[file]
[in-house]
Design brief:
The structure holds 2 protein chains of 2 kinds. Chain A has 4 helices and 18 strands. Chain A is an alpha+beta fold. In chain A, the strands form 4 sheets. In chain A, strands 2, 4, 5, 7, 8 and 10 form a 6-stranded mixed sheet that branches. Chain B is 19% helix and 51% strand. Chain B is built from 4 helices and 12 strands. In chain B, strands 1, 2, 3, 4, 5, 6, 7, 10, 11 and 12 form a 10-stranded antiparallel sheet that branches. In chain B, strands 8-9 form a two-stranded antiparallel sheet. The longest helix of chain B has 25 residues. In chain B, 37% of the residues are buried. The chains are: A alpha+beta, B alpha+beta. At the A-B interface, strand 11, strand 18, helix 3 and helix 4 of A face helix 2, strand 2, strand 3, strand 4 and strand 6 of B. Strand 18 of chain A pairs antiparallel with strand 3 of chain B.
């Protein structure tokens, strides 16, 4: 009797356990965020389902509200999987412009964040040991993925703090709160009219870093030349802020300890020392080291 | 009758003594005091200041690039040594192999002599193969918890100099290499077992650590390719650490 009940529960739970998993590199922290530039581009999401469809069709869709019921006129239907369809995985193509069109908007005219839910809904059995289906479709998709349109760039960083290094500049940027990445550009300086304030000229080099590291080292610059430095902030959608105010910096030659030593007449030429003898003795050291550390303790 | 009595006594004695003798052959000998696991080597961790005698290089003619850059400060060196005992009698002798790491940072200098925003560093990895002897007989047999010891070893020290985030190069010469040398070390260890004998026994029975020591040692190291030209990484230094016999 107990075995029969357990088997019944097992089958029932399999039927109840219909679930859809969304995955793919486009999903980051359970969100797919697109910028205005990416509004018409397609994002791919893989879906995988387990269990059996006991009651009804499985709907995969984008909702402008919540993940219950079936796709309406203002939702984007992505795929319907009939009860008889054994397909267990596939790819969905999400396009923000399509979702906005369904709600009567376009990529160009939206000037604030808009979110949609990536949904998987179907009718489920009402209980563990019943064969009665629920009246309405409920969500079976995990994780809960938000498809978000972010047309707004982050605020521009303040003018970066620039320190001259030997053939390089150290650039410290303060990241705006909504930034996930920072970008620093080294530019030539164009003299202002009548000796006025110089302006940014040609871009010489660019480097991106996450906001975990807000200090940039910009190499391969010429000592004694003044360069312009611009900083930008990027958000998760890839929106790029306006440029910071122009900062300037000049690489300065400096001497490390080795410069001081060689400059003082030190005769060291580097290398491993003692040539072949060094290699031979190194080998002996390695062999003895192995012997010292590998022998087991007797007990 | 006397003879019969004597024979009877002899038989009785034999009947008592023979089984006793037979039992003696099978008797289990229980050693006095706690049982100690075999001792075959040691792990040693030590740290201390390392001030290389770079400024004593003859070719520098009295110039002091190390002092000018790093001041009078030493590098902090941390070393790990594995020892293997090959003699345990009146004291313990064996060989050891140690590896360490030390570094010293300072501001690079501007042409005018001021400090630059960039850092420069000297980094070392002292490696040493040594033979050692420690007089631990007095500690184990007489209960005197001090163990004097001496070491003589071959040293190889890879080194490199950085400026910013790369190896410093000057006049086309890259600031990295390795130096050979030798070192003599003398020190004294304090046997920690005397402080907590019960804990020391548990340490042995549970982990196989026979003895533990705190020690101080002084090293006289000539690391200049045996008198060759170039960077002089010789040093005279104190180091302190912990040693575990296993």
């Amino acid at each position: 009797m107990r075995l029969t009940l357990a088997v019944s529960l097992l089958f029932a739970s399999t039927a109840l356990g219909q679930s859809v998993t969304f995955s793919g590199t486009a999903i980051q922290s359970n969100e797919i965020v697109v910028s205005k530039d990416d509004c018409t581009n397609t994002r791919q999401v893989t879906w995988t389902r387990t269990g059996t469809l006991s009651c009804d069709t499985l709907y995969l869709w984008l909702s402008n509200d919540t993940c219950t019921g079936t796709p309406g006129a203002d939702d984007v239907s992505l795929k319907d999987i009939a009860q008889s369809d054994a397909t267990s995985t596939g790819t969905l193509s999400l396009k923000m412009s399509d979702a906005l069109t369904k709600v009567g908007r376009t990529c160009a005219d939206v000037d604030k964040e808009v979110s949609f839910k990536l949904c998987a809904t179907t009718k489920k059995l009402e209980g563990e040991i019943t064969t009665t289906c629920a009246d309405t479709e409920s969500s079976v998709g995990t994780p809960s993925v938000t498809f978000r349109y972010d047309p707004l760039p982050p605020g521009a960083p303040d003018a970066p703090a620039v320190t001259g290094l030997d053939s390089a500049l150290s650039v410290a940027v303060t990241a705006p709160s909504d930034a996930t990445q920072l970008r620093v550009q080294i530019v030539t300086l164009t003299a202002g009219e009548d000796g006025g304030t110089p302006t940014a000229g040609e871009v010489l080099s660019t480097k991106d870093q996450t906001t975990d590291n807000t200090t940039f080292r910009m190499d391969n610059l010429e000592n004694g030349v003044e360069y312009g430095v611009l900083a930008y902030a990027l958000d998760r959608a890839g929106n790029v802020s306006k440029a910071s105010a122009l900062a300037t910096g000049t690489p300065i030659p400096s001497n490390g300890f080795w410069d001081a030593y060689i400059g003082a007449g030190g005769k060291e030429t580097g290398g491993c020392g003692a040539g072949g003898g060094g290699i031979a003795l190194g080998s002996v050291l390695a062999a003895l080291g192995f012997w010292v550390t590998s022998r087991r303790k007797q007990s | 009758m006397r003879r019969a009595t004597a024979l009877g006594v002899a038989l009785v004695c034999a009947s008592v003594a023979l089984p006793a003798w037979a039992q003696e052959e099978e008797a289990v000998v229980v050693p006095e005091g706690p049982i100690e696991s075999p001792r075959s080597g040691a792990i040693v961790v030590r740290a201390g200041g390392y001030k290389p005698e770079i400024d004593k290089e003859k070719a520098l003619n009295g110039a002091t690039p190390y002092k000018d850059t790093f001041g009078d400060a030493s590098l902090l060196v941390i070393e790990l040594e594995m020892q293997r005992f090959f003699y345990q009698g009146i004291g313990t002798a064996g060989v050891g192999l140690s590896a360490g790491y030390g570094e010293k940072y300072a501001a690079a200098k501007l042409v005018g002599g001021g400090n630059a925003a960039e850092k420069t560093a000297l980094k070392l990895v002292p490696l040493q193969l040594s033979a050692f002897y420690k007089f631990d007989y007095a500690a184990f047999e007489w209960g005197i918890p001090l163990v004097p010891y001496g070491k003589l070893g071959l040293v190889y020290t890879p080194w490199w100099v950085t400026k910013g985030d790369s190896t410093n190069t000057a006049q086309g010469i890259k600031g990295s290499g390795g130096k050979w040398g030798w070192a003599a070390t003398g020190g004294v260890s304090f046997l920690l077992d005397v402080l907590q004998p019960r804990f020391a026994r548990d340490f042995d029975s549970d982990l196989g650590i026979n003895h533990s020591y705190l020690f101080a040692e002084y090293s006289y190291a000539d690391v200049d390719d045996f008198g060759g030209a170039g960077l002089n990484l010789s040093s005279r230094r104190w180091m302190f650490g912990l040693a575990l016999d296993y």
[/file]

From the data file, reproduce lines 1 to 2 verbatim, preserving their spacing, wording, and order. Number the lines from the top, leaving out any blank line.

[in-house]
Design brief: